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Chef/Kitchen Clogs - Page 2

post #31 of 53

You can't stand people who wear crocks? Well up your nose with a rubber I've worn leather crocks for years.

post #32 of 53

what culinary school makes you go for 12 hour days 7 days a week??

post #33 of 53
Originally Posted by Quinn01 View Post

Im looking to to buy a pair of decent clogs to wear at work and what not. I dont really want to spend like 100 bucks just enough to get a decent pair of clogs that will help my back, feet, and my mind so to speak.

Thanks guys!

i've had nice clogs and cheap clogs but once i bought a pair of 6" work boots for $60 i've never used anything else. i get 1.5-2yr of use. for maintenance i just wipe 'em down every night with a damp towl, then dry it off and apply shoe polish a couple times a month as needed.

post #34 of 53
Croc bistro all the way. I Go through about a pair a year. The backless design is great to keep you cooler, and they are very comfortable. A huge tip: no matter what shoe you buy, go to a podiatrist and get properly fitted for an insole. plantar fasciitis is a very coom problem for people who are on their feet all day, and it's not fun. The insoles usually last for a very long time (I've had mine for three years.) Well worth the $100 I spent for the insoles. Also, wearing non slip shoes on asphalt will wear them much faster then normal kitchen wear, so I always bring something else to wear when I'm not working. Even a short walk to the car will take it's toll.

And if you buy shoes and they are uncomfortable and you can't return them, throw them out. Eat the money you spent and get a new pair. Its not worth $100 to have sore feet every day.
post #35 of 53

does anyone know of any chef clogs that are CSA (canada safety agency) approved?

post #36 of 53

Croc Bistro, White, No Other

post #37 of 53

I've been wearing professional kitchen clogs now for over 12 years and I've had Birki's, super Birki's and Klogs brand,..I'm not a huge fan of the cork insoles in the Birki's line so i always replace with somethng more cushined. The Klogs brand professional line is really comfortable..either one of the three will make a good clog for you,...all under 80 hard earned dollars

post #38 of 53
Originally Posted by foodpump View Post

You sure you want clogs? Contrary to what a lot of people say, they are not magic, and regardless of clog-style or normal, intelligent-style, you get what you pay for, cheap shoes are cheap shoes.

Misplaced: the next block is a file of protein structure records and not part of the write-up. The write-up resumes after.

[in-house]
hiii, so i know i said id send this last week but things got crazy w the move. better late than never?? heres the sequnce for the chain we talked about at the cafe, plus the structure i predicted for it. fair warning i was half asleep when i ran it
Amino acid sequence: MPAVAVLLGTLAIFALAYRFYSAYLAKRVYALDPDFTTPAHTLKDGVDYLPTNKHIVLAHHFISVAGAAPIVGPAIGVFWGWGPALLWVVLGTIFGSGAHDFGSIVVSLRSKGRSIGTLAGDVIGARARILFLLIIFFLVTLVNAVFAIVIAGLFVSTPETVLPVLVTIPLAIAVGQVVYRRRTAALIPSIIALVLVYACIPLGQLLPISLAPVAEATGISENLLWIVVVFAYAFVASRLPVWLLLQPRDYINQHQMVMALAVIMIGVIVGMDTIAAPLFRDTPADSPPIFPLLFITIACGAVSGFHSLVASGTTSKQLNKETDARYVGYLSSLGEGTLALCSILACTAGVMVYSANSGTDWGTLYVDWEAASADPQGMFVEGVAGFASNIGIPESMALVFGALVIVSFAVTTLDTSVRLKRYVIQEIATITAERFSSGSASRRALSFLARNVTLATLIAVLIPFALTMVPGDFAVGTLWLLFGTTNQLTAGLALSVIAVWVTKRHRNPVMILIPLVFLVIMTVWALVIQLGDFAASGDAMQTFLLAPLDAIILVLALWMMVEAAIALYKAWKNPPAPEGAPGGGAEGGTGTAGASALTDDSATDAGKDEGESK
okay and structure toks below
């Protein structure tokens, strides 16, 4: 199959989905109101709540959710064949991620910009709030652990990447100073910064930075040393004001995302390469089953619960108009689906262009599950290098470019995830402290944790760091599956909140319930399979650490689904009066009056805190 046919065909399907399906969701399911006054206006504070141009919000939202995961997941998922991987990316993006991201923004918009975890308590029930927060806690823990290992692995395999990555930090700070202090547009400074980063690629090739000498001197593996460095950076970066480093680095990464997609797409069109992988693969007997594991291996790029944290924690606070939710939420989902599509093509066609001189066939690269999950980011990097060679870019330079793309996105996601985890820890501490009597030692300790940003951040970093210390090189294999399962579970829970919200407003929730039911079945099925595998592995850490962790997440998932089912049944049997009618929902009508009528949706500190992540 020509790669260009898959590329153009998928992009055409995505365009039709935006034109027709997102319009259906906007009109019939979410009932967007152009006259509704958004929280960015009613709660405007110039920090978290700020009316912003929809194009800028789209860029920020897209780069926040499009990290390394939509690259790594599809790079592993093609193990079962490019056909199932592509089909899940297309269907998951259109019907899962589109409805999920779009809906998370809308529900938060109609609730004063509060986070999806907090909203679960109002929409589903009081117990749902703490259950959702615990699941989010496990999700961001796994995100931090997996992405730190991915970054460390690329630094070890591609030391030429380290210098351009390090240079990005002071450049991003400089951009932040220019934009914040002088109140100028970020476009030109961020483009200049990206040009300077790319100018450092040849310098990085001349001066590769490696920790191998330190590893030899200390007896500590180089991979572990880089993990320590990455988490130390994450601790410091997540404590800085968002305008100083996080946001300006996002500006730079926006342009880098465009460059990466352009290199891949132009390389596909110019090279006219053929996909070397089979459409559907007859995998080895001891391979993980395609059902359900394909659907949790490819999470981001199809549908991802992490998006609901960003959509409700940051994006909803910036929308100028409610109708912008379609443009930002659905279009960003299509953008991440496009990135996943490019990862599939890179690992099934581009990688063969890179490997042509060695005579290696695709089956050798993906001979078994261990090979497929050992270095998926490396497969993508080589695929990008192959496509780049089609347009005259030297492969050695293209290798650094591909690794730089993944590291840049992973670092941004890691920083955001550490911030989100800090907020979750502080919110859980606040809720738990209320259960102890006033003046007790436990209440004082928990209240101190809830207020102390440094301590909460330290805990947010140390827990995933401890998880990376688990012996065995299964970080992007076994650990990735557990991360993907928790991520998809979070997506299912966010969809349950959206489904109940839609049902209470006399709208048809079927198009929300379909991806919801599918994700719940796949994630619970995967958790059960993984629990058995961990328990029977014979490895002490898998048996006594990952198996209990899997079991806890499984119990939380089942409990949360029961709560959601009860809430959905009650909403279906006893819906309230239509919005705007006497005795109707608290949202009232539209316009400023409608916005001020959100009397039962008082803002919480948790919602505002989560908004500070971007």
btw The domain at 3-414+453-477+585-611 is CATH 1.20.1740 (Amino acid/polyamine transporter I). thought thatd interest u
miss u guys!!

Yes, it's true, I hate those #$%^&-ing things they call clogs. During my apprenticeship, over 20 years ago, I was press-ganged into wearing them, and that's when the hate-affair started. The wood style ones are about as flexible as ski-boots, and the back-less design does not allow for foam inserts, or in my case orthotic inserts, and plus they're loud and clunky. Birkenstocks are far superior, with many models that have backs but again they ain't cheap.

I have to disagree, clogs the best shoes for cooking. They may be stiff but you need something with high levels of support when standing for 12-16 hours a day. Just buck up and pay 160 buck for a great pair of wooden clogs. crocs are bull shit dont waste your money. and if your flat footed go get fitted at a shoe store!

post #39 of 53
I have a pair of Danskos and a pair of Crocs and I love them both. I do find it easier to move about the kitchen in my crocs. When I was standing still at the bakery I liked using my Dansko's because they put less pressure on my back.
post #40 of 53

I am looking for a company that sells clogs only at restaurant shows.  I think the name was the clog lady but not sure can anyone help me out. 

post #41 of 53

Perhaps this is it?

Originally Posted by chefsteveo View Post

I am looking for a company that sells clogs only at restaurant shows.  I think the name was the clog lady but not sure can anyone help me out. 

Specialties: MasterCook/RecipeFox; Culinary logistics; Personal Chef; Small restaurant owner; Caterer
Specialties: MasterCook/RecipeFox; Culinary logistics; Personal Chef; Small restaurant owner; Caterer
post #42 of 53
Originally Posted by chefleon View Post

Klogs. With a "K". They're like $60 and they last longer than Birks and they're more comfortable than Danskos. Dansko is great for the back and knees, and it's nice to be elevated and slip-proof, but they hurt the feet. At least my high-arched feet. I tolerated them for a long time. And I love the Birks, but those leather ones are for suckers (like me), and those plastic ones, I dunno, they just don't feel good. I've gone through three pairs of them, mind you. But the Klogs are right on, and when they wear out after 18 months, you buy some more, but not at Zappos anymore. I found mine at some random store on the upper east side, luckily, because I had settled for the Danskos again and they were killing me.
But you know how we all have such a high tolerance for pain and suffering.


2 part answer.  Birkenstocks? how do they Klogs last longer? the entire shoe minus the insert i plastic lol.